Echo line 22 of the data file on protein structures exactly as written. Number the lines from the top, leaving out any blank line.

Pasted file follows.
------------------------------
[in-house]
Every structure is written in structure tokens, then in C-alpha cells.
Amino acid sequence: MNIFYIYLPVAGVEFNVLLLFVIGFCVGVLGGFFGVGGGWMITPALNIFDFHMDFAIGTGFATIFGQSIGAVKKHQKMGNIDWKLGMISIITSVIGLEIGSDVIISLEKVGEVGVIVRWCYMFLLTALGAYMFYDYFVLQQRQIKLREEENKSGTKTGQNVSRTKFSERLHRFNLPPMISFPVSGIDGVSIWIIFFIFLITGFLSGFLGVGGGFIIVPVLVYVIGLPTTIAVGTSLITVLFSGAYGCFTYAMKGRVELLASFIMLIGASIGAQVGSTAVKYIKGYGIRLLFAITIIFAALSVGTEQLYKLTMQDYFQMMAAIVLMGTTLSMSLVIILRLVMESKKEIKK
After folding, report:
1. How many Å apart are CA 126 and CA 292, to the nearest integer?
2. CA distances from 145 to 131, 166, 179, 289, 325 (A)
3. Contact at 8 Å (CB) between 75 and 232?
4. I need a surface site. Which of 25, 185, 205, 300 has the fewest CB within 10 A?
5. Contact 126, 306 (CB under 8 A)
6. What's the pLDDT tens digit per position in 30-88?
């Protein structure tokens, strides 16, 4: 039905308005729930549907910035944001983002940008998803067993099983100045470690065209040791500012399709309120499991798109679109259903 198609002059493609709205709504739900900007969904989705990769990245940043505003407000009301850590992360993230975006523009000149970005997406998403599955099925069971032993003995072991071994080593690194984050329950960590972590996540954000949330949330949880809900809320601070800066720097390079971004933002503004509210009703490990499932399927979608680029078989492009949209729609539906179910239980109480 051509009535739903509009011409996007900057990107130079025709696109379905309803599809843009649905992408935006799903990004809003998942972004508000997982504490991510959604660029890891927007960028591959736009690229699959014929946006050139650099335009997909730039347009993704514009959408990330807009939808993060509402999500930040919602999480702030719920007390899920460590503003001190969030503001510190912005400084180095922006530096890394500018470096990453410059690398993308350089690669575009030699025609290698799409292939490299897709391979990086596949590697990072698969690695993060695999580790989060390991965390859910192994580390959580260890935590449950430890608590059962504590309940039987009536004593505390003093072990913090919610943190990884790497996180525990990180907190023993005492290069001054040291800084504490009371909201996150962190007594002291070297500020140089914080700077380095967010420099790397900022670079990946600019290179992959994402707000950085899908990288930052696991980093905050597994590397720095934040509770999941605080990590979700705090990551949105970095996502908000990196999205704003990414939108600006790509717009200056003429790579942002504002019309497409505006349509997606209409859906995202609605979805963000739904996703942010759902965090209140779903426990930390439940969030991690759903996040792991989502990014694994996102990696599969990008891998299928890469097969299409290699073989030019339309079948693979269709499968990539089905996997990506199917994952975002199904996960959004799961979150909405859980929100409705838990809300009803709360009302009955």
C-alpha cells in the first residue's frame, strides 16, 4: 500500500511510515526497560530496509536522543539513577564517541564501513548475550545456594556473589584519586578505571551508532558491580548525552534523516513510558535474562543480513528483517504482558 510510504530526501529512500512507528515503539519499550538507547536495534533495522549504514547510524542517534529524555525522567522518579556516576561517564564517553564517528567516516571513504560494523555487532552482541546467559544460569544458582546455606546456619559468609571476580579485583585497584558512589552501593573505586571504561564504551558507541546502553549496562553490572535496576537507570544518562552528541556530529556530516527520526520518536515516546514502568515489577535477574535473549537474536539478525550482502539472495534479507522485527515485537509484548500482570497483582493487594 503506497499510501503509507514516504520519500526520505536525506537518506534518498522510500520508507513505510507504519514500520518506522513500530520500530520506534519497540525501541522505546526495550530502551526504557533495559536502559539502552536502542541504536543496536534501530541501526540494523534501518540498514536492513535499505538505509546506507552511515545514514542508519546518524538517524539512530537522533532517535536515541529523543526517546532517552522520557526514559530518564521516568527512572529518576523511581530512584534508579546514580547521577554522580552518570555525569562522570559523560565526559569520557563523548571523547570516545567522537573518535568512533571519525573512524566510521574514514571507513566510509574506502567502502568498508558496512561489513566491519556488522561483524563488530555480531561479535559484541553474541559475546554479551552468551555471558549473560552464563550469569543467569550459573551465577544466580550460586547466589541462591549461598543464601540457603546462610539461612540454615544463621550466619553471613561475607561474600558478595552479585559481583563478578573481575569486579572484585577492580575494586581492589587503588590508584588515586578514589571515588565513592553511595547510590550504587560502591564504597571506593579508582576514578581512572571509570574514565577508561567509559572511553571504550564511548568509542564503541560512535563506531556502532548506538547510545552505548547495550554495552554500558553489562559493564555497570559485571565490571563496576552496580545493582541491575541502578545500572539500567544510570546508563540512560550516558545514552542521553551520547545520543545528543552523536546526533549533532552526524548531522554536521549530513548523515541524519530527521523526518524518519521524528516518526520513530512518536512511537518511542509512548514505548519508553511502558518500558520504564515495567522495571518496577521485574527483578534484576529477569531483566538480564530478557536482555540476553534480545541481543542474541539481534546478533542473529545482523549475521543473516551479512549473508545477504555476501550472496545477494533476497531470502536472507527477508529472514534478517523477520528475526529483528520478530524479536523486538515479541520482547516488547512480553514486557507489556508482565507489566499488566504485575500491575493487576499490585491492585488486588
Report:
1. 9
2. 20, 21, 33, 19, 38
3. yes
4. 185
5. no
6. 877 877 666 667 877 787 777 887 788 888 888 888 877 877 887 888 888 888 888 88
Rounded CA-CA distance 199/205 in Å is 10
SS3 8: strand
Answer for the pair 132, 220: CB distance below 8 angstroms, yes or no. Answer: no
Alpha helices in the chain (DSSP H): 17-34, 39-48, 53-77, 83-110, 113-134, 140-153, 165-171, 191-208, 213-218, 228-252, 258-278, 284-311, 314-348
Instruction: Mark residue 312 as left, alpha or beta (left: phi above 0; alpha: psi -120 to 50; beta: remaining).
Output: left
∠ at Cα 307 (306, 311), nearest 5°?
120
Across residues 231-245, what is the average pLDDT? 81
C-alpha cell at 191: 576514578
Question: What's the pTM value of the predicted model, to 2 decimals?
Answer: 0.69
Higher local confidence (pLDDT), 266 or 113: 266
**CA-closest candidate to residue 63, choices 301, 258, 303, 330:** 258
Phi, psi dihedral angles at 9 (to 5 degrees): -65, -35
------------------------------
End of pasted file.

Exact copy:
Answer for the pair 132, 220: CB distance below 8 angstroms, yes or no. Answer: no